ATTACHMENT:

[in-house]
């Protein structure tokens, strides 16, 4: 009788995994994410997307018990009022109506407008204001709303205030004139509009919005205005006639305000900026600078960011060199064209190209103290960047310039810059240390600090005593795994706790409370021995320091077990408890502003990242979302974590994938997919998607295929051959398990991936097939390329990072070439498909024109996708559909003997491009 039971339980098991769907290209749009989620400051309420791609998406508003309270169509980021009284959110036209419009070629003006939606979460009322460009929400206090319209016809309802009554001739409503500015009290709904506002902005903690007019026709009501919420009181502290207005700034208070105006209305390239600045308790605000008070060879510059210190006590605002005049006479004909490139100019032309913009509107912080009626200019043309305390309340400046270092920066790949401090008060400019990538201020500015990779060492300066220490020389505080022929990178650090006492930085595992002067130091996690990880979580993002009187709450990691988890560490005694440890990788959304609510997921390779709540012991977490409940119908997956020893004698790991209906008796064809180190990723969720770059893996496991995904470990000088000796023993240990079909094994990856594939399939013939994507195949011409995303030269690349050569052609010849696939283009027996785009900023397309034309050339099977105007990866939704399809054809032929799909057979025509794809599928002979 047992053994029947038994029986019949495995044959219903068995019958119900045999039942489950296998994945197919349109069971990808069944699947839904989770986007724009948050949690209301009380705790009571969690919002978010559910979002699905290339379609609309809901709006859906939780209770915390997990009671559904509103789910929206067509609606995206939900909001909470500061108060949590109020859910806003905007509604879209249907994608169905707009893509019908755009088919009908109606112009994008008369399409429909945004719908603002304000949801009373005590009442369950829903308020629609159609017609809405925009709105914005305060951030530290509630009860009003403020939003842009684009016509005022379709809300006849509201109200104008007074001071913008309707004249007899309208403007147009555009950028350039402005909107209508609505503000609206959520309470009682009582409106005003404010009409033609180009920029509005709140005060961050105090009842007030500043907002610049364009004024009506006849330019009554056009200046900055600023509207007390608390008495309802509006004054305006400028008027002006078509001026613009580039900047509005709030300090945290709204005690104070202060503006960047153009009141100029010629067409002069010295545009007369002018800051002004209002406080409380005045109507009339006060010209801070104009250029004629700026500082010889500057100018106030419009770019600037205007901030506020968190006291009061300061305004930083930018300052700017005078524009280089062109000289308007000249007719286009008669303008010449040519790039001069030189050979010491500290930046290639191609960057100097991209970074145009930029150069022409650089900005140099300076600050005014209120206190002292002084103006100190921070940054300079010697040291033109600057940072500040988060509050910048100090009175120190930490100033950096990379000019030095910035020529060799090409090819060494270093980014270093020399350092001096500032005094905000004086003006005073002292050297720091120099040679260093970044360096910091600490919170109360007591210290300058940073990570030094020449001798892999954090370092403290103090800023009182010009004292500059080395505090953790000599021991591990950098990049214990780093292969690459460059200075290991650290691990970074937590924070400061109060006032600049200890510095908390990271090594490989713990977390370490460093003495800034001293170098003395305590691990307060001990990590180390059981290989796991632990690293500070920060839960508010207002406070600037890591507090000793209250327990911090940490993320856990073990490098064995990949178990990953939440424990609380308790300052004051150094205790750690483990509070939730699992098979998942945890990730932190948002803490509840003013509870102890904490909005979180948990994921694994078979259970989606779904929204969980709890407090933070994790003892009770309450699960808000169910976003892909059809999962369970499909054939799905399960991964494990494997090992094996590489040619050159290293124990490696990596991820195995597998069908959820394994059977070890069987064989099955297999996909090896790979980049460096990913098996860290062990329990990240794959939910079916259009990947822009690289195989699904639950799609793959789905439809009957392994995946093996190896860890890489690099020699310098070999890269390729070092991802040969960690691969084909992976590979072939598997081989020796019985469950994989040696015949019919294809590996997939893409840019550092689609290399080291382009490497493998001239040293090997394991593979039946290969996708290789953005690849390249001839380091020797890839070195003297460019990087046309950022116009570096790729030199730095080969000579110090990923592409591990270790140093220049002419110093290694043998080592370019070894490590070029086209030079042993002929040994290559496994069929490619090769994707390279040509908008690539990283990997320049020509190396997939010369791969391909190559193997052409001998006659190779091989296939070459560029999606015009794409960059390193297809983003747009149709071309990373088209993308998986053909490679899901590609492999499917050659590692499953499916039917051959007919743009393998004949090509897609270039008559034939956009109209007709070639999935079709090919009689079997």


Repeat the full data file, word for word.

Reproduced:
[in-house]
């Protein structure tokens, strides 16, 4: 009788995994994410997307018990009022109506407008204001709303205030004139509009919005205005006639305000900026600078960011060199064209190209103290960047310039810059240390600090005593795994706790409370021995320091077990408890502003990242979302974590994938997919998607295929051959398990991936097939390329990072070439498909024109996708559909003997491009 039971339980098991769907290209749009989620400051309420791609998406508003309270169509980021009284959110036209419009070629003006939606979460009322460009929400206090319209016809309802009554001739409503500015009290709904506002902005903690007019026709009501919420009181502290207005700034208070105006209305390239600045308790605000008070060879510059210190006590605002005049006479004909490139100019032309913009509107912080009626200019043309305390309340400046270092920066790949401090008060400019990538201020500015990779060492300066220490020389505080022929990178650090006492930085595992002067130091996690990880979580993002009187709450990691988890560490005694440890990788959304609510997921390779709540012991977490409940119908997956020893004698790991209906008796064809180190990723969720770059893996496991995904470990000088000796023993240990079909094994990856594939399939013939994507195949011409995303030269690349050569052609010849696939283009027996785009900023397309034309050339099977105007990866939704399809054809032929799909057979025509794809599928002979 047992053994029947038994029986019949495995044959219903068995019958119900045999039942489950296998994945197919349109069971990808069944699947839904989770986007724009948050949690209301009380705790009571969690919002978010559910979002699905290339379609609309809901709006859906939780209770915390997990009671559904509103789910929206067509609606995206939900909001909470500061108060949590109020859910806003905007509604879209249907994608169905707009893509019908755009088919009908109606112009994008008369399409429909945004719908603002304000949801009373005590009442369950829903308020629609159609017609809405925009709105914005305060951030530290509630009860009003403020939003842009684009016509005022379709809300006849509201109200104008007074001071913008309707004249007899309208403007147009555009950028350039402005909107209508609505503000609206959520309470009682009582409106005003404010009409033609180009920029509005709140005060961050105090009842007030500043907002610049364009004024009506006849330019009554056009200046900055600023509207007390608390008495309802509006004054305006400028008027002006078509001026613009580039900047509005709030300090945290709204005690104070202060503006960047153009009141100029010629067409002069010295545009007369002018800051002004209002406080409380005045109507009339006060010209801070104009250029004629700026500082010889500057100018106030419009770019600037205007901030506020968190006291009061300061305004930083930018300052700017005078524009280089062109000289308007000249007719286009008669303008010449040519790039001069030189050979010491500290930046290639191609960057100097991209970074145009930029150069022409650089900005140099300076600050005014209120206190002292002084103006100190921070940054300079010697040291033109600057940072500040988060509050910048100090009175120190930490100033950096990379000019030095910035020529060799090409090819060494270093980014270093020399350092001096500032005094905000004086003006005073002292050297720091120099040679260093970044360096910091600490919170109360007591210290300058940073990570030094020449001798892999954090370092403290103090800023009182010009004292500059080395505090953790000599021991591990950098990049214990780093292969690459460059200075290991650290691990970074937590924070400061109060006032600049200890510095908390990271090594490989713990977390370490460093003495800034001293170098003395305590691990307060001990990590180390059981290989796991632990690293500070920060839960508010207002406070600037890591507090000793209250327990911090940490993320856990073990490098064995990949178990990953939440424990609380308790300052004051150094205790750690483990509070939730699992098979998942945890990730932190948002803490509840003013509870102890904490909005979180948990994921694994078979259970989606779904929204969980709890407090933070994790003892009770309450699960808000169910976003892909059809999962369970499909054939799905399960991964494990494997090992094996590489040619050159290293124990490696990596991820195995597998069908959820394994059977070890069987064989099955297999996909090896790979980049460096990913098996860290062990329990990240794959939910079916259009990947822009690289195989699904639950799609793959789905439809009957392994995946093996190896860890890489690099020699310098070999890269390729070092991802040969960690691969084909992976590979072939598997081989020796019985469950994989040696015949019919294809590996997939893409840019550092689609290399080291382009490497493998001239040293090997394991593979039946290969996708290789953005690849390249001839380091020797890839070195003297460019990087046309950022116009570096790729030199730095080969000579110090990923592409591990270790140093220049002419110093290694043998080592370019070894490590070029086209030079042993002929040994290559496994069929490619090769994707390279040509908008690539990283990997320049020509190396997939010369791969391909190559193997052409001998006659190779091989296939070459560029999606015009794409960059390193297809983003747009149709071309990373088209993308998986053909490679899901590609492999499917050659590692499953499916039917051959007919743009393998004949090509897609270039008559034939956009109209007709070639999935079709090919009689079997």